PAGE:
photo by Jennifer Bloom
(from Within My Illusions)
Isn’t it the dilemma of all things
that the first bite has the most flavor,
yet the taste of it makes you crave the second,
that the more intense the flavor,
the more bland everything else seems in contrast,
that the better it gets,
the better it gets,
the better it gets
in the boundless realm of possibilities,
while the density of reality begins to appear
all the more limited?
I used to drink tea from little bags
with strings attached and
clichéd quotes on the tag.
I didn’t care much about brand or type or variety.
They all seemed the same to me.
I was content, comforted even,
by the tepid brew that warmed
my mug and my belly,
until I learned of the magic to be found
in watching hand-rolled tea leaves blossom
in clear water, heated to just the right temperature;
the subtle nuances of grassy, floral, and woodsy tones;
and flavor that continued to unfold
long after I set the cup down.
When I was in college, my friends and I liked to linger in the dining hall after dinner for tea and conversation. The tea bags at the hot beverage station were tethered to paper tags that had pithy sayings on them, seemingly selected to motivate, inspire, or amuse.
We made a game of sharing our tea-tag "fortunes," reading them aloud to one another around the table. The lines ranged from maxims like, “It's better to face a danger once than always be in fear" to puns like, “Carrying a tune is a heavy load for rock singers."
Of all the tea I consumed during those four years of school (and it was a lot), there was only one message I ever saved, took back to my dorm room, and taped to my computer monitor: "If you don’t try, you can’t fail."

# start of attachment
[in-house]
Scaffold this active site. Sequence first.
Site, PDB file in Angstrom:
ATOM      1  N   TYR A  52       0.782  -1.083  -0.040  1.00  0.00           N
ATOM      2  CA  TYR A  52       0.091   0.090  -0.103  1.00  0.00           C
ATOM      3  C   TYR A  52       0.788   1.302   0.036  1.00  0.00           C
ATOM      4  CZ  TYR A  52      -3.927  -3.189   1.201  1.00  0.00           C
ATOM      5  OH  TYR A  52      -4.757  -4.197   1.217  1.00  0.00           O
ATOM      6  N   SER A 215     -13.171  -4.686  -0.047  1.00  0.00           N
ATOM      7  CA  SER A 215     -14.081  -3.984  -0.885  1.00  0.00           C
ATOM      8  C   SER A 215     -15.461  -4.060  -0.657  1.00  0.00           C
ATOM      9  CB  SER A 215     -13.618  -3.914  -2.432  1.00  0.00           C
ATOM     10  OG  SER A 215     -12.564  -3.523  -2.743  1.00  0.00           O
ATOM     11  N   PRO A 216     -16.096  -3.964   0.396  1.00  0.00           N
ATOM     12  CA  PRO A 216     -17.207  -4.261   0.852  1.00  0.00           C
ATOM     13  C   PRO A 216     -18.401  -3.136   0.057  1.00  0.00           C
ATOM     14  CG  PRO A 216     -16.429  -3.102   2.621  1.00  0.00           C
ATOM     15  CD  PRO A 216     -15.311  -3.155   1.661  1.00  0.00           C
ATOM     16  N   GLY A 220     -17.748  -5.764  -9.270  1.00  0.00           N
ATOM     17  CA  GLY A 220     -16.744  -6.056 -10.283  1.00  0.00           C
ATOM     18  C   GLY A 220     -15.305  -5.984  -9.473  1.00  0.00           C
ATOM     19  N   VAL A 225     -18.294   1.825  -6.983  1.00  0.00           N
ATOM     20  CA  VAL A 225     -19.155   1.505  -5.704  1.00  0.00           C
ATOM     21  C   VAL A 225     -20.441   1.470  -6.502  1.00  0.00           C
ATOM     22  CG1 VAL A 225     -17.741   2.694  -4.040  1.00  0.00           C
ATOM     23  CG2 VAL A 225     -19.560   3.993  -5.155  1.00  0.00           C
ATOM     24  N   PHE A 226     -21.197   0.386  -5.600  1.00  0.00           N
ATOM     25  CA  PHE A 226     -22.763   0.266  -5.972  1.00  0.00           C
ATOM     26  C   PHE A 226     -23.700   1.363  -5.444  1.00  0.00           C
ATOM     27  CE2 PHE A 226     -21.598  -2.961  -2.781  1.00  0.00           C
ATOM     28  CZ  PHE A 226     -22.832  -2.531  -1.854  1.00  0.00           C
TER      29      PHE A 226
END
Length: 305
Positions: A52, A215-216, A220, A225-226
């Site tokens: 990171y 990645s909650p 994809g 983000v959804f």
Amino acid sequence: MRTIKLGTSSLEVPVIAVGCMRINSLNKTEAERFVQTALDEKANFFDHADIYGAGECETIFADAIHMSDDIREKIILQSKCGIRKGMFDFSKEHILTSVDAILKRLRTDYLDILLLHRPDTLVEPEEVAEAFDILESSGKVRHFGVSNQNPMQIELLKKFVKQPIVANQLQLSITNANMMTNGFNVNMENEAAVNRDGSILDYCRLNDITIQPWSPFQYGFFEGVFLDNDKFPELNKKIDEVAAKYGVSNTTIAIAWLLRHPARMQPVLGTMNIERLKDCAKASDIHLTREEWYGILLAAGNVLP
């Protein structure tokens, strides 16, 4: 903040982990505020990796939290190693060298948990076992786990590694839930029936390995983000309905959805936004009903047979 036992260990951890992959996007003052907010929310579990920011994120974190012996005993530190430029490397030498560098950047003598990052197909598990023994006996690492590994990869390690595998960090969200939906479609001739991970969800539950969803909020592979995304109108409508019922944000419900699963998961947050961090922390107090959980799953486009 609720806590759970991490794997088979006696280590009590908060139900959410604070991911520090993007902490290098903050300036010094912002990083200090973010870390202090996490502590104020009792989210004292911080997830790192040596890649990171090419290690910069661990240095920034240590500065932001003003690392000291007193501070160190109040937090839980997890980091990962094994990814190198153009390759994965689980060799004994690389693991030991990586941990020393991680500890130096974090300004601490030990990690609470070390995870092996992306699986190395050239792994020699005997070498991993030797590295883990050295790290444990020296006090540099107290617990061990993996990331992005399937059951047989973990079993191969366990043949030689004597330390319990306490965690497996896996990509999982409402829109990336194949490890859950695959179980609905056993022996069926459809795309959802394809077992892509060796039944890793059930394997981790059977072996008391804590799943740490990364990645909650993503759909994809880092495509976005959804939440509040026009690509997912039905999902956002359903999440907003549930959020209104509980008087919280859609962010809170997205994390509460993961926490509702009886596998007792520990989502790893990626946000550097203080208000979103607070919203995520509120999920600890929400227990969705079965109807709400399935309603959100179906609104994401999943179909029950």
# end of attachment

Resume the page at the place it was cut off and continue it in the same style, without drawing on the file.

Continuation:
At age twenty, the words seemed like a very elegant solution to escape the perfectionism, competitiveness, and subsequent fear of failure that I had internalized. The line seemed to instruct that if I put in less effort on an assignment, came unprepared for an audition, or didn’t submit a short story to a journal, then when I didn’t make the grade or get the part, it wasn’t because I or my work wasn’t worthy or that I had failed… it was simply that I hadn’t really tried.
I embraced this "if you don't try, you can't fail" approach for many years. It served me well by shielding me from the disappointment of unfulfilled dreams or expectations. And of course, I couldn't be rejected if I didn't put myself out there so I kept many parts of myself hidden.
Over the years, I've healed and released many of the fears my younger self tried to protect myself from. But this tea bag's message has never left my consciousness, like a riddle or koan that haunts me. I've often wondered, Is there another meaning to this phrase that I'm missing? Is there some way to read the message that would inspire motivation and engagement rather than withdrawal from life?
Recently, a new possibility is emerging: If I let go of the notion that there's some end point or imagined goal I’m trying reach, the idea of failure vanishes. Any results or effects of my actions, the so-called achievements, accomplishments, or mistakes are not the point. Instead, they are artifacts of my engagement with life. What's left then? Perhaps the imperative is to fully show up for the present moment as authentically as we can. The focus turns toward our process and our relationships, and the pace no longer matters.
Of course this isn't the conclusion of my exploration, but for now I'm enjoying a new perspective in an unfolding mystery.
I'm taking a break from digital devices this week so won't be sending a poem next Sunday. In the meantime, I wish you moments to savor and the presence to savor them.